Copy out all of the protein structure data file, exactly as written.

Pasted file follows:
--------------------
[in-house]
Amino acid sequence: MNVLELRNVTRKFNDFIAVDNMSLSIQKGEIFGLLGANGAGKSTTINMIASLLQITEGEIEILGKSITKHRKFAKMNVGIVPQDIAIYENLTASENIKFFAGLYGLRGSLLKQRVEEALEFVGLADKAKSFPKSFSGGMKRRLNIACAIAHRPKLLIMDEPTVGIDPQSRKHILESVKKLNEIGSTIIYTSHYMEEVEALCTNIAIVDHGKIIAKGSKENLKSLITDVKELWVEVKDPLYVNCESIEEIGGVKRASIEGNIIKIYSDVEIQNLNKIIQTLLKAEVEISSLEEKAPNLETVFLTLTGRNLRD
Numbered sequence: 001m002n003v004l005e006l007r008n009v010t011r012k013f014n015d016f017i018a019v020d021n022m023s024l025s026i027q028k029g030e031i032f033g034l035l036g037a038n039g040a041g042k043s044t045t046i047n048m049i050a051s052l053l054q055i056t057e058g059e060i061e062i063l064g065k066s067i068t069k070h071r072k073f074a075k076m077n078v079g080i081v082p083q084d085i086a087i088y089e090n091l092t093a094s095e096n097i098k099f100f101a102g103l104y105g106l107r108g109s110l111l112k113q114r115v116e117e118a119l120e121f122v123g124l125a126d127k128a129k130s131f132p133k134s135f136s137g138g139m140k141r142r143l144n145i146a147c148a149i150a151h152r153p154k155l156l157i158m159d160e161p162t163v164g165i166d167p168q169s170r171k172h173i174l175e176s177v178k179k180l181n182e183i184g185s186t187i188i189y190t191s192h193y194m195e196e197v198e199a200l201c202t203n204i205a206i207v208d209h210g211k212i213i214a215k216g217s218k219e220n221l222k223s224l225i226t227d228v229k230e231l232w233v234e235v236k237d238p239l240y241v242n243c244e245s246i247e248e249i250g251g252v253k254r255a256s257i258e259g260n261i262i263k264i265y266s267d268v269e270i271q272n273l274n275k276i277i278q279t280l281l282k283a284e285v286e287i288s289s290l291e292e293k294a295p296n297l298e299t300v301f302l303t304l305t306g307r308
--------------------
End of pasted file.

[in-house]
Amino acid sequence: MNVLELRNVTRKFNDFIAVDNMSLSIQKGEIFGLLGANGAGKSTTINMIASLLQITEGEIEILGKSITKHRKFAKMNVGIVPQDIAIYENLTASENIKFFAGLYGLRGSLLKQRVEEALEFVGLADKAKSFPKSFSGGMKRRLNIACAIAHRPKLLIMDEPTVGIDPQSRKHILESVKKLNEIGSTIIYTSHYMEEVEALCTNIAIVDHGKIIAKGSKENLKSLITDVKELWVEVKDPLYVNCESIEEIGGVKRASIEGNIIKIYSDVEIQNLNKIIQTLLKAEVEISSLEEKAPNLETVFLTLTGRNLRD
Numbered sequence: 001m002n003v004l005e006l007r008n009v010t011r012k013f014n015d016f017i018a019v020d021n022m023s024l025s026i027q028k029g030e031i032f033g034l035l036g037a038n039g040a041g042k043s044t045t046i047n048m049i050a051s052l053l054q055i056t057e058g059e060i061e062i063l064g065k066s067i068t069k070h071r072k073f074a075k076m077n078v079g080i081v082p083q084d085i086a087i088y089e090n091l092t093a094s095e096n097i098k099f100f101a102g103l104y105g106l107r108g109s110l111l112k113q114r115v116e117e118a119l120e121f122v123g124l125a126d127k128a129k130s131f132p133k134s135f136s137g138g139m140k141r142r143l144n145i146a147c148a149i150a151h152r153p154k155l156l157i158m159d160e161p162t163v164g165i166d167p168q169s170r171k172h173i174l175e176s177v178k179k180l181n182e183i184g185s186t187i188i189y190t191s192h193y194m195e196e197v198e199a200l201c202t203n204i205a206i207v208d209h210g211k212i213i214a215k216g217s218k219e220n221l222k223s224l225i226t227d228v229k230e231l232w233v234e235v236k237d238p239l240y241v242n243c244e245s246i247e248e249i250g251g252v253k254r255a256s257i258e259g260n261i262i263k264i265y266s267d268v269e270i271q272n273l274n275k276i277i278q279t280l281l282k283a284e285v286e287i288s289s290l291e292e293k294a295p296n297l298e299t300v301f302l303t304l305t306g307r308